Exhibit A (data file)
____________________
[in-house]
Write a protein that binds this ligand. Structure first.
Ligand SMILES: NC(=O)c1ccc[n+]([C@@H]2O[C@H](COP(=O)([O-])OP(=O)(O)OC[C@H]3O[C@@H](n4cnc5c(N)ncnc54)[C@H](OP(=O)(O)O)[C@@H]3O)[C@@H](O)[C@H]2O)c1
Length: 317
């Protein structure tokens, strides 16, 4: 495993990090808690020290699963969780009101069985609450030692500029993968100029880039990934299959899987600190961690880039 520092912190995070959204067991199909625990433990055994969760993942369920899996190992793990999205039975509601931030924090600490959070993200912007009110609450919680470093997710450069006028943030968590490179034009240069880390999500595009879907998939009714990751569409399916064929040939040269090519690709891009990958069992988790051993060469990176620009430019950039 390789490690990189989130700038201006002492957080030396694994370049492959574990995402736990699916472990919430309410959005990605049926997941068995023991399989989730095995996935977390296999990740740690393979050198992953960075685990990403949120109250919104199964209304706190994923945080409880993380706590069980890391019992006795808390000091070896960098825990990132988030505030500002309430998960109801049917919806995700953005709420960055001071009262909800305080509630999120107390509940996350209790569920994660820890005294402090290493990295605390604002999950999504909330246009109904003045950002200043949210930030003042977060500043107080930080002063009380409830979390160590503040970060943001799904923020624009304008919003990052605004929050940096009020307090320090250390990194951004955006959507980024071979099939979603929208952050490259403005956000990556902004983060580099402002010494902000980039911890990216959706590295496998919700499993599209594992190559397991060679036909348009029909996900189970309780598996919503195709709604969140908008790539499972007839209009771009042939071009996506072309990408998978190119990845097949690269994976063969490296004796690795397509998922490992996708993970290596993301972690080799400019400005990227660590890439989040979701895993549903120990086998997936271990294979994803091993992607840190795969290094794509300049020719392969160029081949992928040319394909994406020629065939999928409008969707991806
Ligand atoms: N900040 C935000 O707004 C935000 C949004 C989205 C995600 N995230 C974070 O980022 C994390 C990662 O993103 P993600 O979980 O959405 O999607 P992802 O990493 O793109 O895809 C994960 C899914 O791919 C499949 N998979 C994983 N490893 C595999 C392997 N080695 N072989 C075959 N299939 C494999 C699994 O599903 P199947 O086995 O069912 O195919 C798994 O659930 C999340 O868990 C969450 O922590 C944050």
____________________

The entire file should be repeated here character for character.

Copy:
[in-house]
Write a protein that binds this ligand. Structure first.
Ligand SMILES: NC(=O)c1ccc[n+]([C@@H]2O[C@H](COP(=O)([O-])OP(=O)(O)OC[C@H]3O[C@@H](n4cnc5c(N)ncnc54)[C@H](OP(=O)(O)O)[C@@H]3O)[C@@H](O)[C@H]2O)c1
Length: 317
């Protein structure tokens, strides 16, 4: 495993990090808690020290699963969780009101069985609450030692500029993968100029880039990934299959899987600190961690880039 520092912190995070959204067991199909625990433990055994969760993942369920899996190992793990999205039975509601931030924090600490959070993200912007009110609450919680470093997710450069006028943030968590490179034009240069880390999500595009879907998939009714990751569409399916064929040939040269090519690709891009990958069992988790051993060469990176620009430019950039 390789490690990189989130700038201006002492957080030396694994370049492959574990995402736990699916472990919430309410959005990605049926997941068995023991399989989730095995996935977390296999990740740690393979050198992953960075685990990403949120109250919104199964209304706190994923945080409880993380706590069980890391019992006795808390000091070896960098825990990132988030505030500002309430998960109801049917919806995700953005709420960055001071009262909800305080509630999120107390509940996350209790569920994660820890005294402090290493990295605390604002999950999504909330246009109904003045950002200043949210930030003042977060500043107080930080002063009380409830979390160590503040970060943001799904923020624009304008919003990052605004929050940096009020307090320090250390990194951004955006959507980024071979099939979603929208952050490259403005956000990556902004983060580099402002010494902000980039911890990216959706590295496998919700499993599209594992190559397991060679036909348009029909996900189970309780598996919503195709709604969140908008790539499972007839209009771009042939071009996506072309990408998978190119990845097949690269994976063969490296004796690795397509998922490992996708993970290596993301972690080799400019400005990227660590890439989040979701895993549903120990086998997936271990294979994803091993992607840190795969290094794509300049020719392969160029081949992928040319394909994406020629065939999928409008969707991806
Ligand atoms: N900040 C935000 O707004 C935000 C949004 C989205 C995600 N995230 C974070 O980022 C994390 C990662 O993103 P993600 O979980 O959405 O999607 P992802 O990493 O793109 O895809 C994960 C899914 O791919 C499949 N998979 C994983 N490893 C595999 C392997 N080695 N072989 C075959 N299939 C494999 C699994 O599903 P199947 O086995 O069912 O195919 C798994 O659930 C999340 O868990 C969450 O922590 C944050």